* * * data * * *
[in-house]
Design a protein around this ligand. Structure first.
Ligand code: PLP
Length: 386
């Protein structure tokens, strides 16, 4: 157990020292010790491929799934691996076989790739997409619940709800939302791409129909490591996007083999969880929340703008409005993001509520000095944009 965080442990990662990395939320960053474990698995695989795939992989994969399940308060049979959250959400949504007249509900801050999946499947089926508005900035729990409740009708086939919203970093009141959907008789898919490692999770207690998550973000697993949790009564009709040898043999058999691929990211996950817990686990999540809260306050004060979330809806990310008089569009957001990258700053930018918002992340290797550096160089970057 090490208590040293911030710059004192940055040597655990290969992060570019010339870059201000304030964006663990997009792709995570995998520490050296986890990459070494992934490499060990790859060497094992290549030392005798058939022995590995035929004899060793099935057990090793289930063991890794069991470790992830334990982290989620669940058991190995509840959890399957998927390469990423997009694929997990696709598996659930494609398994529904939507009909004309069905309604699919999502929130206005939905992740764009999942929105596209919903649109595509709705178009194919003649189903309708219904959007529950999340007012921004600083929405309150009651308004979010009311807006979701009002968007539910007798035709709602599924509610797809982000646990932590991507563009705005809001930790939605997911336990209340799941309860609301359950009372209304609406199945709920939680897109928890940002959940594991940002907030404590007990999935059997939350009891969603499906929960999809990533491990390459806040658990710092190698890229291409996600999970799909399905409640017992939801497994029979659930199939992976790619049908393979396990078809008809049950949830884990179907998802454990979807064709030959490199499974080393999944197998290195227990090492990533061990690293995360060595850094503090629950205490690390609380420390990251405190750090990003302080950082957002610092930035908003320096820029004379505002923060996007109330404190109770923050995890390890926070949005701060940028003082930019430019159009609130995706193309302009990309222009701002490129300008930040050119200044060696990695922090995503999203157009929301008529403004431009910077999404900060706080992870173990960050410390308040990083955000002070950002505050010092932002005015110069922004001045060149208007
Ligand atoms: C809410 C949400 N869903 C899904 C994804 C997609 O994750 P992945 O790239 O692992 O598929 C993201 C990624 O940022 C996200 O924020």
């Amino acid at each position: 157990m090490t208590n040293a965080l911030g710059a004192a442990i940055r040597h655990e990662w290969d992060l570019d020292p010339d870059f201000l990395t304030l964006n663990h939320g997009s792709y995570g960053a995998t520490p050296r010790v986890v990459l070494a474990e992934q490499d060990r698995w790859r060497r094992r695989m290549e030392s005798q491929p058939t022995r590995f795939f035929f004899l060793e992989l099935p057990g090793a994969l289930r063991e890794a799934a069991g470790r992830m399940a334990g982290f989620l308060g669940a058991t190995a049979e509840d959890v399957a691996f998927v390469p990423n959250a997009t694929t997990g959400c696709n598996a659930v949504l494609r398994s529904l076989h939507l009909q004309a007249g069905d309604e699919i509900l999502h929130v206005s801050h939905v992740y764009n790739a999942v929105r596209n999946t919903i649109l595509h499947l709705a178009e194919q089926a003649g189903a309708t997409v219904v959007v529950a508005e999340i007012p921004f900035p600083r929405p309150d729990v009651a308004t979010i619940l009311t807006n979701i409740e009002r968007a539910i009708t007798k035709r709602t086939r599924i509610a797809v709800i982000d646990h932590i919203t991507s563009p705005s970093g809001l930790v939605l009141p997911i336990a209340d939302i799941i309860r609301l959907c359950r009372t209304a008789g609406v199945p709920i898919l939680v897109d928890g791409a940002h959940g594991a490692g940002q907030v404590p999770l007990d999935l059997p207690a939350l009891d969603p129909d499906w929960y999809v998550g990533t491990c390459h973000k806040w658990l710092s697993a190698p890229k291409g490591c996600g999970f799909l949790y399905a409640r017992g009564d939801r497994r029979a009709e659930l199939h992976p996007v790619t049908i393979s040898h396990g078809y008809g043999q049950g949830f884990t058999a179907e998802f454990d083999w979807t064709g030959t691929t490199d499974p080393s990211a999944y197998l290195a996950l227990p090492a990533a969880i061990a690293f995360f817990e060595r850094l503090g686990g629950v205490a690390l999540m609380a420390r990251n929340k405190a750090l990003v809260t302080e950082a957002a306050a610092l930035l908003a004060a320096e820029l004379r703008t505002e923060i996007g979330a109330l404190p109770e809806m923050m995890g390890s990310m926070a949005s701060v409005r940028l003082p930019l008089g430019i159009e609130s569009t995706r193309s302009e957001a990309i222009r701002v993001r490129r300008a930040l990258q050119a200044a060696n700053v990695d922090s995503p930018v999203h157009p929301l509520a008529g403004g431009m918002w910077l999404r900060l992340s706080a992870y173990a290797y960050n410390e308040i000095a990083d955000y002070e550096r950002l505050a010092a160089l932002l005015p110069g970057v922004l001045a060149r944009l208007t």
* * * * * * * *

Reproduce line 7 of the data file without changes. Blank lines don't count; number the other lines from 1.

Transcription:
């Amino acid at each position: 157990m090490t208590n040293a965080l911030g710059a004192a442990i940055r040597h655990e990662w290969d992060l570019d020292p010339d870059f201000l990395t304030l964006n663990h939320g997009s792709y995570g960053a995998t520490p050296r010790v986890v990459l070494a474990e992934q490499d060990r698995w790859r060497r094992r695989m290549e030392s005798q491929p058939t022995r590995f795939f035929f004899l060793e992989l099935p057990g090793a994969l289930r063991e890794a799934a069991g470790r992830m399940a334990g982290f989620l308060g669940a058991t190995a049979e509840d959890v399957a691996f998927v390469p990423n959250a997009t694929t997990g959400c696709n598996a659930v949504l494609r398994s529904l076989h939507l009909q004309a007249g069905d309604e699919i509900l999502h929130v206005s801050h939905v992740y764009n790739a999942v929105r596209n999946t919903i649109l595509h499947l709705a178009e194919q089926a003649g189903a309708t997409v219904v959007v529950a508005e999340i007012p921004f900035p600083r929405p309150d729990v009651a308004t979010i619940l009311t807006n979701i409740e009002r968007a539910i009708t007798k035709r709602t086939r599924i509610a797809v709800i982000d646990h932590i919203t991507s563009p705005s970093g809001l930790v939605l009141p997911i336990a209340d939302i799941i309860r609301l959907c359950r009372t209304a008789g609406v199945p709920i898919l939680v897109d928890g791409a940002h959940g594991a490692g940002q907030v404590p999770l007990d999935l059997p207690a939350l009891d969603p129909d499906w929960y999809v998550g990533t491990c390459h973000k806040w658990l710092s697993a190698p890229k291409g490591c996600g999970f799909l949790y399905a409640r017992g009564d939801r497994r029979a009709e659930l199939h992976p996007v790619t049908i393979s040898h396990g078809y008809g043999q049950g949830f884990t058999a179907e998802f454990d083999w979807t064709g030959t691929t490199d499974p080393s990211a999944y197998l290195a996950l227990p090492a990533a969880i061990a690293f995360f817990e060595r850094l503090g686990g629950v205490a690390l999540m609380a420390r990251n929340k405190a750090l990003v809260t302080e950082a957002a306050a610092l930035l908003a004060a320096e820029l004379r703008t505002e923060i996007g979330a109330l404190p109770e809806m923050m995890g390890s990310m926070a949005s701060v409005r940028l003082p930019l008089g430019i159009e609130s569009t995706r193309s302009e957001a990309i222009r701002v993001r490129r300008a930040l990258q050119a200044a060696n700053v990695d922090s995503p930018v999203h157009p929301l509520a008529g403004g431009m918002w910077l999404r900060l992340s706080a992870y173990a290797y960050n410390e308040i000095a990083d955000y002070e550096r950002l505050a010092a160089l932002l005015p110069g970057v922004l001045a060149r944009l208007t």